This paper, published by World Development, presents a quantitative investigation of trends before and after the establishment of the U.N. Millennium Development Goals (MDGs) to determine which trajectories changed where, and to what scale of human consequence. It updates a January 2017 Brookings working paper.
We perform three empirical assessments: a count of countries that accelerated their rate of progress post-2000; statistical t-tests for differences in mean country rates of progress; and a determination of the incremental lives saved or improved (or not) due to accelerated progress above pre-MDG trends.
We find that low-income countries and sub-Saharan African countries had positive acceleration on a majority of indicators and accounted for much of the world’s post-2000 accelerations. Middle-income countries typically registered larger cumulative gains but less acceleration over the period. The greatest advances were in matters of life and death. At least 20.9 million and as many as 30.3 million additional lives were saved due to accelerated rates of progress, with sub-Saharan Africa accounting for approximately two-thirds of the total. Primary school completion also showed considerable overall acceleration, leading to at least 74 million more children having finished primary school. Other measures of basic needs—including undernourishment, access to water and access to sanitation—showed mixed patterns of acceleration. Headcount rates of extreme income poverty declined at an accelerated rate in most regions. Environmental indicators showed no systematic evidence of faster progress.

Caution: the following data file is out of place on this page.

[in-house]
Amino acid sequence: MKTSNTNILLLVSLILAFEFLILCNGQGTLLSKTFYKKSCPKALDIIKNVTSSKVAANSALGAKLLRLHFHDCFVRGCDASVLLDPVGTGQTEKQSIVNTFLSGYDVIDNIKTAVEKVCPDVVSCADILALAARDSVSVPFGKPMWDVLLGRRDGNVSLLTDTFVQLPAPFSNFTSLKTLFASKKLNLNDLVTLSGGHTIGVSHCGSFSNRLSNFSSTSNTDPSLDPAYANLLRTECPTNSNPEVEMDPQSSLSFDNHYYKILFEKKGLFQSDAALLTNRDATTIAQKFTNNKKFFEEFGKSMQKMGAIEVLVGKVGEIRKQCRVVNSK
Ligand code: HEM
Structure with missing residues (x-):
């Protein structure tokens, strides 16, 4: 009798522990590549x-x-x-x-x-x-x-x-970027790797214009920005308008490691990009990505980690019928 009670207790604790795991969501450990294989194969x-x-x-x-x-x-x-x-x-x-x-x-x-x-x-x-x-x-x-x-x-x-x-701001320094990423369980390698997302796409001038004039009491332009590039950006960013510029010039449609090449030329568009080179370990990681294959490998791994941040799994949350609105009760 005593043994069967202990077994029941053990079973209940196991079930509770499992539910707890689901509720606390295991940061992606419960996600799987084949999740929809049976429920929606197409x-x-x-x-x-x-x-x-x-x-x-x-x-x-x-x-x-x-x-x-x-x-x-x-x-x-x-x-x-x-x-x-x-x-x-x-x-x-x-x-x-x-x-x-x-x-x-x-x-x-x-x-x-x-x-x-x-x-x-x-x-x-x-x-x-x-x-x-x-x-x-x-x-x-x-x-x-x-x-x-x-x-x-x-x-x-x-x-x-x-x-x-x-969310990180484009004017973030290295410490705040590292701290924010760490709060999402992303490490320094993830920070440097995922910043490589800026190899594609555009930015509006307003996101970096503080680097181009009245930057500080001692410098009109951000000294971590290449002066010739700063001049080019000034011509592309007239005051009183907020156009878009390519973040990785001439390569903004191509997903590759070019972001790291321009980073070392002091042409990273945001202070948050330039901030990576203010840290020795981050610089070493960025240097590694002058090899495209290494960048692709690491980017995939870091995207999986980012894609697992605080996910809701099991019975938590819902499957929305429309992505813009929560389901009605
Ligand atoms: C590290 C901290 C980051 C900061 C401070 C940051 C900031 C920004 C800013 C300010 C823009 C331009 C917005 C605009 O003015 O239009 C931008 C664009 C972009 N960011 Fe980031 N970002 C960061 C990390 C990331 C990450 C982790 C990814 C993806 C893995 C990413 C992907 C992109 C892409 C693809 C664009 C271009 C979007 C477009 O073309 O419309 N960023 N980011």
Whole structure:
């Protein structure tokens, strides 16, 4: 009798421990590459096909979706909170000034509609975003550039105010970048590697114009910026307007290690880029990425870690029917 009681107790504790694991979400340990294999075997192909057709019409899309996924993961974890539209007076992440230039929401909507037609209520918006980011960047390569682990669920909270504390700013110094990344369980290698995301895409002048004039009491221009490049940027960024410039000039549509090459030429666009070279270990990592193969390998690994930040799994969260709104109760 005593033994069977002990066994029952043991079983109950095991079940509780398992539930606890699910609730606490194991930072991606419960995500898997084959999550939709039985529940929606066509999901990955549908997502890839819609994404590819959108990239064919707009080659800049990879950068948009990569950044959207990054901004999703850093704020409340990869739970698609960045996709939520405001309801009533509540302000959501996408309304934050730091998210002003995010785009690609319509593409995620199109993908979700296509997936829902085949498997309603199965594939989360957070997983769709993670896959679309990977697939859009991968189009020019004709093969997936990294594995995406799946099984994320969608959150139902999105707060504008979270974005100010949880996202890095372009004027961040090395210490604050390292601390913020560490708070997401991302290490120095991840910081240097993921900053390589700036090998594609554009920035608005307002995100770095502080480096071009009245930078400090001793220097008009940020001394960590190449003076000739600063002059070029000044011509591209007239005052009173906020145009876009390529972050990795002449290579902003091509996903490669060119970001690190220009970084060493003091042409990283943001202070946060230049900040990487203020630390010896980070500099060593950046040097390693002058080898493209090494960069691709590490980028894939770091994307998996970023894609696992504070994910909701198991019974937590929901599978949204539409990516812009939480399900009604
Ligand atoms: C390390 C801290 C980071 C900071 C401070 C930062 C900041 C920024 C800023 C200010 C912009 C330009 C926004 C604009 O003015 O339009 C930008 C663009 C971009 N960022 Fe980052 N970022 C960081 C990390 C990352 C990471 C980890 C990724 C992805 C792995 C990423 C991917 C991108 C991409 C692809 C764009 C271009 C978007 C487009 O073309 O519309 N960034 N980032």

You really have a failure of developed countries’ leadership post-Covid [on global vaccine distribution]. This is going to have consequences.